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Column: June brings winter memories

Jeopardy! is one of my favorite television shows. One day last week, when host Alex Trebek announced the category headings, I leaned a bit closer to the television. One was a single, yet simple, word: little. A movie from my childhood came to mind and I was ready to pounce with an answer if something related appeared on the screen. It never did. Still, I shut out the rest of the show and traveled back in time to the living room of my youth. To a time when my father would bring up the fold-away movie screen he stored in the basement and the reel-to-reel projector that was as big as my little sister. Both were for home movies like the ones Dad shot on family vacations or at our birthday parties. But every once and a while, my father came across a film made especially for kids and brought it home for us to watch.

One he showed every Christ-mas Eve. The Little Match Girl, from a story by Hans Christian Anderson published in 1845, is the tale of a poor little girl who sells bundles of match sticks on the street. If she returns home without a farthing to show for her work, her father beats her. This particular cold New Year's Eve night, when people have places to be, they rush past and pay her no mind. She's lost her mother's slippers which were too big for her tiny feet and too flimsy, anyway, and finds an alcove where two buildings meet. She crouches in the corner for warmth. We kids knew what was next but still, every year our eyes were fixed on the screen as if was the first time we'd watched.

The girl looks up to the sky and sees a shooting star. She remembers that her dear departed grandmother, the only person who ever cared about her, had said a star falls because someone died and is going to heaven. The girl tries to warm her hands by lighting one of her matches; in the flame she sees a vision of a fancy home where a table is set for a feast. When the match goes out, she lights another and sees the image of her grandmother. She strikes match after match to keep her grandmother in view until her grandmother reaches out for her and carries her to heaven. The next morning, people pass by and find the little girl frozen to death in the corner where the two buildings adjoin.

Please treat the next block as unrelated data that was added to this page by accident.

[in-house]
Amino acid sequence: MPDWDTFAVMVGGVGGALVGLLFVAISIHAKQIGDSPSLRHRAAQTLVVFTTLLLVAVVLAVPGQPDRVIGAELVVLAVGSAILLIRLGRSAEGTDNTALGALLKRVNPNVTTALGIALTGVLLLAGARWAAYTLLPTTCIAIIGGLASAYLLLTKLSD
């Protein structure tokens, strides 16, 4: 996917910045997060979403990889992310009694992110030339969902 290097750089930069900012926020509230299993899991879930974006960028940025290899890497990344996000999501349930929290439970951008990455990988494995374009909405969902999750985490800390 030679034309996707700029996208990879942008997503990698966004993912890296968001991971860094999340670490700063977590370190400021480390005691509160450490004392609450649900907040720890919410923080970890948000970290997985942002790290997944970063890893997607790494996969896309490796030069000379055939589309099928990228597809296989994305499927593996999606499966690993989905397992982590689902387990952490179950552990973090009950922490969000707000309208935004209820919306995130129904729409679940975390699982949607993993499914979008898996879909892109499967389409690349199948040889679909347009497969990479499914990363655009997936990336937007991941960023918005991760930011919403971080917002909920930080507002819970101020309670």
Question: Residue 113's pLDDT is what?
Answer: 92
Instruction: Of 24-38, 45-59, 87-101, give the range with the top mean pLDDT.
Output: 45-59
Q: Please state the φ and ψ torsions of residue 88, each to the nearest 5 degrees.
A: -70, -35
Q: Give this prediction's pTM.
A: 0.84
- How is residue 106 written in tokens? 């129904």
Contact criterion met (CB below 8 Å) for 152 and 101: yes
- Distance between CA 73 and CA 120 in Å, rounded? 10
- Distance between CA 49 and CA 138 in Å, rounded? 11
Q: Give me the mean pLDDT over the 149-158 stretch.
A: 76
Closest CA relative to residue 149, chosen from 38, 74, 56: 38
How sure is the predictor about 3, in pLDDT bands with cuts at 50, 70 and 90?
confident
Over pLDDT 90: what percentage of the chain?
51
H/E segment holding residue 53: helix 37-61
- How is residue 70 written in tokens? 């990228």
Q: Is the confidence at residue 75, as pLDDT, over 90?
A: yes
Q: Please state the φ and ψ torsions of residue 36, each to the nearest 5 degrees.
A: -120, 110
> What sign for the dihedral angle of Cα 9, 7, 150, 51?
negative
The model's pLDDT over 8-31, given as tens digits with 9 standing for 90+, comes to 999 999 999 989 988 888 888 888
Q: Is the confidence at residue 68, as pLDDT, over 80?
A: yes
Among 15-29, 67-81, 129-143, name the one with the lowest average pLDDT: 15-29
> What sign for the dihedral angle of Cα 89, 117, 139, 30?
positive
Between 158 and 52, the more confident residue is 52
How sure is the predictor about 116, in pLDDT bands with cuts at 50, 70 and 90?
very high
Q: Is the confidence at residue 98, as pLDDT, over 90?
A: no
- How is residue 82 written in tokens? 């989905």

Year after year, even though the grainy black and white images of the little match girl never failed to make us sad, we never questioned why Dad would show that film to us on Christmas Eve. On a night when the only sounds besides the whirring of the movie projector were those of the dishwasher cleaning the dishes from our recent family feast and the crackling from the burning logs in the fireplace. Hadn't Dad known the only thoughts we wanted dancing in our heads that night were about what the jolly old man would leave for us under the beautifully decorated tree framed by the front window?